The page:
Millions of Chinese citizen IDs exposed by online store

An abstract image of a database
(Image credit: Image Credit: Pixabay)

Millions of Chinese citizens have had their sensitive data exposed online thanks to yet another unprotected database. 

Cybersecurity researchers from recently reported finding a major database generated by Zhefengle, a Chinese ecommerce store that focuses on importing products from abroad.

The database held 3.3 million orders made by Zhefengle’s customers between 2015 and 2020. In some cases, the entries contained shipping addresses and phone numbers, and in other cases even copies of government-issued identity cards. 

Unprotected databases

When importing products from abroad, Chinese citizens are sometimes asked to verify their identity, TechCrunch reports, adding that the practice of requiring a copy of the ID card to be uploaded was “not uncommon”. 

The database was not protected by a password, so whoever knew its IP address could have easily accessed it. At press time, it wasn’t known if any malicious actors discovered the database before the researchers, or if it was already used in any phishing attacks or identity theft.

We do know that the owners locked it down soon after. Replying to the publication, the store owners said: “The vulnerability has been addressed promptly. We are currently investigating the cause internally.”

Unprotected databases are one of the most common ways sensitive data gets spilled online. In early October this year, researchers found a database belonging to Real Simple Systems, that kept personally identifiable and sensitive information on hundreds of thousands of people.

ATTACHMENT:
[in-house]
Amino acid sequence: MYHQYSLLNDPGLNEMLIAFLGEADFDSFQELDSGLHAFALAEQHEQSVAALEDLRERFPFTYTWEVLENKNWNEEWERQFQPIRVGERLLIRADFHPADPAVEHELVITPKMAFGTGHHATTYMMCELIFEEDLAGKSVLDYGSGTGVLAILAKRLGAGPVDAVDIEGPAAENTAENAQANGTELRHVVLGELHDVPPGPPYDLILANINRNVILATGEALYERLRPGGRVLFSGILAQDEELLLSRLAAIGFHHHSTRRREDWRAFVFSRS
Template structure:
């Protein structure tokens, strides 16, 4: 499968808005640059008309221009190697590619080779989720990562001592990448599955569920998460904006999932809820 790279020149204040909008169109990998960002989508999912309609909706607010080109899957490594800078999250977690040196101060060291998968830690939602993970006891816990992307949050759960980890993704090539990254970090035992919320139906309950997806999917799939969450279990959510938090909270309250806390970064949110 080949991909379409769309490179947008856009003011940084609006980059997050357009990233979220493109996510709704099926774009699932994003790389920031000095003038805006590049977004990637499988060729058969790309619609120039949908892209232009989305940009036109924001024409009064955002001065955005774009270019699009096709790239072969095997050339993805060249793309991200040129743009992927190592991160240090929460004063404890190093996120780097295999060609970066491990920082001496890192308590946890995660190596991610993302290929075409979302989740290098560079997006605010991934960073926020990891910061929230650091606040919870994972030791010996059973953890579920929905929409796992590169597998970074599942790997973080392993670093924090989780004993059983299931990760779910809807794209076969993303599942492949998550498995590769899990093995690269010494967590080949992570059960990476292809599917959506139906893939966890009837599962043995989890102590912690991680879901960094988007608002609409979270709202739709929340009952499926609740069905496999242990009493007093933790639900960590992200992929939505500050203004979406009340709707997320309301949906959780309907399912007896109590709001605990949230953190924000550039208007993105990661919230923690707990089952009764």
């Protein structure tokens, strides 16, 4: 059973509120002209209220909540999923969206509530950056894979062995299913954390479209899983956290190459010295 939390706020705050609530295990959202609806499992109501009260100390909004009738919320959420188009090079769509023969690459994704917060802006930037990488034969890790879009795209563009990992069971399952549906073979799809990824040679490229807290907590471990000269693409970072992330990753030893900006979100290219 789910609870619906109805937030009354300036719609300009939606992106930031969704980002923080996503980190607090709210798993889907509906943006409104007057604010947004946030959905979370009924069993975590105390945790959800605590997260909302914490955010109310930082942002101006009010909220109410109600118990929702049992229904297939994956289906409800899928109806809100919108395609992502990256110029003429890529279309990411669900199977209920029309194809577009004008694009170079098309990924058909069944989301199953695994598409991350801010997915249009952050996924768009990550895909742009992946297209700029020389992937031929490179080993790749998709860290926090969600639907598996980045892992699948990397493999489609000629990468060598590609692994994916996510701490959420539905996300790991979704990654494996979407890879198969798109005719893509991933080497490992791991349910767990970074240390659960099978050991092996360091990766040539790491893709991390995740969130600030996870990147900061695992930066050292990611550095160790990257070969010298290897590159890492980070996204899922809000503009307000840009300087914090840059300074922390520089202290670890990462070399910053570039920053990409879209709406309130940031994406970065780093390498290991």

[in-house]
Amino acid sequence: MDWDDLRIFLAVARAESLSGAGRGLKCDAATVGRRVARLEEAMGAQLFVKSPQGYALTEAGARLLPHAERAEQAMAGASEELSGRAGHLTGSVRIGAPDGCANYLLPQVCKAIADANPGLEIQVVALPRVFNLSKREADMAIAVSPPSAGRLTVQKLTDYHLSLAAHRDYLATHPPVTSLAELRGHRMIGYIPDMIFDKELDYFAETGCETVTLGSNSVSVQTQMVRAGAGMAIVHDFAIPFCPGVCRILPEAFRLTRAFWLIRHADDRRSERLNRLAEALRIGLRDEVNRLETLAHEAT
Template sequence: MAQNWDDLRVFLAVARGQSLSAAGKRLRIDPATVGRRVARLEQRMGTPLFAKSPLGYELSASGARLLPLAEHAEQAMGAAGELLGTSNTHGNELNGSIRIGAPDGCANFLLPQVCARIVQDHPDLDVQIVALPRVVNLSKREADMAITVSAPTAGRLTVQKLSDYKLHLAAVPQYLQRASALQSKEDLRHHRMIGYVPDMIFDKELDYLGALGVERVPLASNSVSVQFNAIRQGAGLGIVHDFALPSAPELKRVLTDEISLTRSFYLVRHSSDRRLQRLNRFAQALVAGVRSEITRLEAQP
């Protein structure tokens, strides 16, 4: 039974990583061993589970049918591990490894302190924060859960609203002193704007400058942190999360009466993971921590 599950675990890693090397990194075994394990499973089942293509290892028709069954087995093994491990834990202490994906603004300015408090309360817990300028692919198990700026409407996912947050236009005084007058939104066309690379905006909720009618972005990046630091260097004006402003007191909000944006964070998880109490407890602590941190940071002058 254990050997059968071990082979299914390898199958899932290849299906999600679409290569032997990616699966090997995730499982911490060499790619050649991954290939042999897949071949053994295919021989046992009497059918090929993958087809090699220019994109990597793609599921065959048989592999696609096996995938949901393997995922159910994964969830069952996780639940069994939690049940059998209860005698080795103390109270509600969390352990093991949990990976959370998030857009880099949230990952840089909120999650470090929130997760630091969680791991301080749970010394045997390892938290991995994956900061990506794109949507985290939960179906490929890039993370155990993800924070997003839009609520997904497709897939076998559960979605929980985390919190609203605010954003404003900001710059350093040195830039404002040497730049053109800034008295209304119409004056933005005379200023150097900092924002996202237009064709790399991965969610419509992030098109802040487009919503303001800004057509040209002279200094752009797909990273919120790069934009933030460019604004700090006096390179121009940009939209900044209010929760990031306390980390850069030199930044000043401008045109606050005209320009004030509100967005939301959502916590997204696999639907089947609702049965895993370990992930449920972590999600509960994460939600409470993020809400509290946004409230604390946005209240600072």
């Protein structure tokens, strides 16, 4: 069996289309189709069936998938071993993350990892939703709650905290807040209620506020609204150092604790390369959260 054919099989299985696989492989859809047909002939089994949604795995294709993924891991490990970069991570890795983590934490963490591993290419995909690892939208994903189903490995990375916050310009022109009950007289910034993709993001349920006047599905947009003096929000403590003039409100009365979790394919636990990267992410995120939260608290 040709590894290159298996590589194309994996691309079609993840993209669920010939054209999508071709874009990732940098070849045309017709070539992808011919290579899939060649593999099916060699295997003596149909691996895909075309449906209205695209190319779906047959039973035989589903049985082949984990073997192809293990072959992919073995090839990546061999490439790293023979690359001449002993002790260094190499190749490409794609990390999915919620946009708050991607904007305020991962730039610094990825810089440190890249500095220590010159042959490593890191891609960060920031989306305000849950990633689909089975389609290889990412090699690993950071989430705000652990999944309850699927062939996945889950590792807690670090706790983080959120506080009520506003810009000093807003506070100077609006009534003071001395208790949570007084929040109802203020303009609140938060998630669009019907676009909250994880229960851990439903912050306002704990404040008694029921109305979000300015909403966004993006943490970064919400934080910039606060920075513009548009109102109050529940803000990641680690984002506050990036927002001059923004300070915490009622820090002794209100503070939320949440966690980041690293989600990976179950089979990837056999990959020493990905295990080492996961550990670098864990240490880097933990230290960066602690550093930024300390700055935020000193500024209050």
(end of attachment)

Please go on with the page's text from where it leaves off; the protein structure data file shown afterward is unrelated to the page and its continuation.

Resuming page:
A month prior, in September, Microsoft was spotted making the same mistake, as Wiz found a major Microsoft Azure cloud storage database containing, among other things, private keys and passwords. The database belonged to Microsoft’s researchers working on Artificial Intelligence (AI), and was allegedly 38TB heavy.

In May, Toyota was found keeping an unprotected database of 2.15 million users. "It was discovered that part of the data that Toyota Motor Corporation entrusted to Toyota Connected Corporation to manage had been made public due to misconfiguration of the cloud environment," the company said at the time.

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Sead is a seasoned freelance journalist based in Sarajevo, Bosnia and Herzegovina. He writes about IT (cloud, IoT, 5G, VPN) and cybersecurity (ransomware, data breaches, laws and regulations). In his career, spanning more than a decade, he’s written for numerous media outlets, including Al Jazeera Balkans. He’s also held several modules on content writing for Represent Communications.